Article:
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Israel is not currently planning to stop or inspect two boats full of left-wing activists when they leave Gaza, because there is no intelligence indicating that the activists plan to smuggle wanted terrorists out of the Strip.

The activists do apparently plan to smuggle out two students who received Fulbright scholarships in the United States, but were denied U.S. visas on security grounds. However, the defense establishment's current thinking is that a clash over this issue would simply play into the activists' hands by generating media attention.

At Washington's request, Israel has already allowed five other Fulbright scholars to leave Gaza.

The decision not to stop the boats from reaching Gaza was made last Wednesday night in a phone call between Prime Minister Ehud Olmert and Defense Minister Ehud Barak. But as of the weekend, defense officials had still not ruled out stopping the boats for inspection when they leave the Strip, for fear that wanted terrorists may escape on them.

Wednesday's decision followed several weeks in which the defense establishment had explored various options for preventing the boats from docking, including diplomatic efforts to persuade Cyprus to prevent them from sailing - which failed - and nonviolent means of persuading the boats to turn around before reaching Gaza. Throughout these discussions, however, defense officials had expressed opposition to using force, reasoning that a well-publicized clash between the Israel Defense Forces and unarmed activists was exactly what the latter wanted.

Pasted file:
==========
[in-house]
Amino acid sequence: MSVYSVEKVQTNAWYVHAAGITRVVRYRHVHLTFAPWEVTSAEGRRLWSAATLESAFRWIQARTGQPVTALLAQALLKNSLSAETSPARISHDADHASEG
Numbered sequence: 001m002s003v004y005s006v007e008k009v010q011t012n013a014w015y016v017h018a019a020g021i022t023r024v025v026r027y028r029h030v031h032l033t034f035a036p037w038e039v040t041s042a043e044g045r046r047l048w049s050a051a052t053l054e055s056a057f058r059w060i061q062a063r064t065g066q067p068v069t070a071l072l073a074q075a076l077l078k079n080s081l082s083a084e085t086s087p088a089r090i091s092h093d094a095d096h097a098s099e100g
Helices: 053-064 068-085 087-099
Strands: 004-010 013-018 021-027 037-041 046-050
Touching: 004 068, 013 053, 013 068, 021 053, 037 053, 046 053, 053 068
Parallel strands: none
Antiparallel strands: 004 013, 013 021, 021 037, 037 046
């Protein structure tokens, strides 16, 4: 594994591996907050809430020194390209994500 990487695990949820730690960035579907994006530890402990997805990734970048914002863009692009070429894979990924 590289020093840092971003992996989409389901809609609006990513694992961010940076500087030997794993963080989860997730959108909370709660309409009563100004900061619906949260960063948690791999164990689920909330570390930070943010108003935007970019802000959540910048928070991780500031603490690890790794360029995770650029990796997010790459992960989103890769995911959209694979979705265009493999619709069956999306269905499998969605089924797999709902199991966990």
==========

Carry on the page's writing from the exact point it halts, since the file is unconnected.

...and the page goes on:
IDF officers explained to Haaretz that there were no grounds for using force, because the boats presented no security risk: None of the activists was known to be involved in terrorist activity, and intelligence assessments deemed them unlikely to try to smuggle arms into Gaza. Indeed, if Israel had a coast guard, the IDF would not have been involved at all in the incident, since the issue is purely one of law and order, they said.

The General Staff therefore concluded that forcibly preventing the boats from landing would be a mistake, and would merely play into the activists' hands. That recommendation was endorsed by Chief of Staff Gabi Ashkenazi, and later by Barak.

However, defense sources stressed, this does not mean Israel will respond in the same way to other such attempts. "The Palestinians shouldn't think we'll enable them to bring in another 'Karine A' in the future," said one, referring to the ship laden with weapons that the navy intercepted en route to Gaza in 2002.

DPA adds: Arab League Secretary General Amr Moussa praised the boat activists Sunday for successfully challenging Israel's blockade on Gaza. "These Palestinian supporters who have endured hardship to deliver their message to the world and to express their objection to the harsh siege on Gaza, deserve every support and appreciation," Moussa said in a statement. He added that he hoped they would spark a broader movement to defy the blockade by Arab and international activists.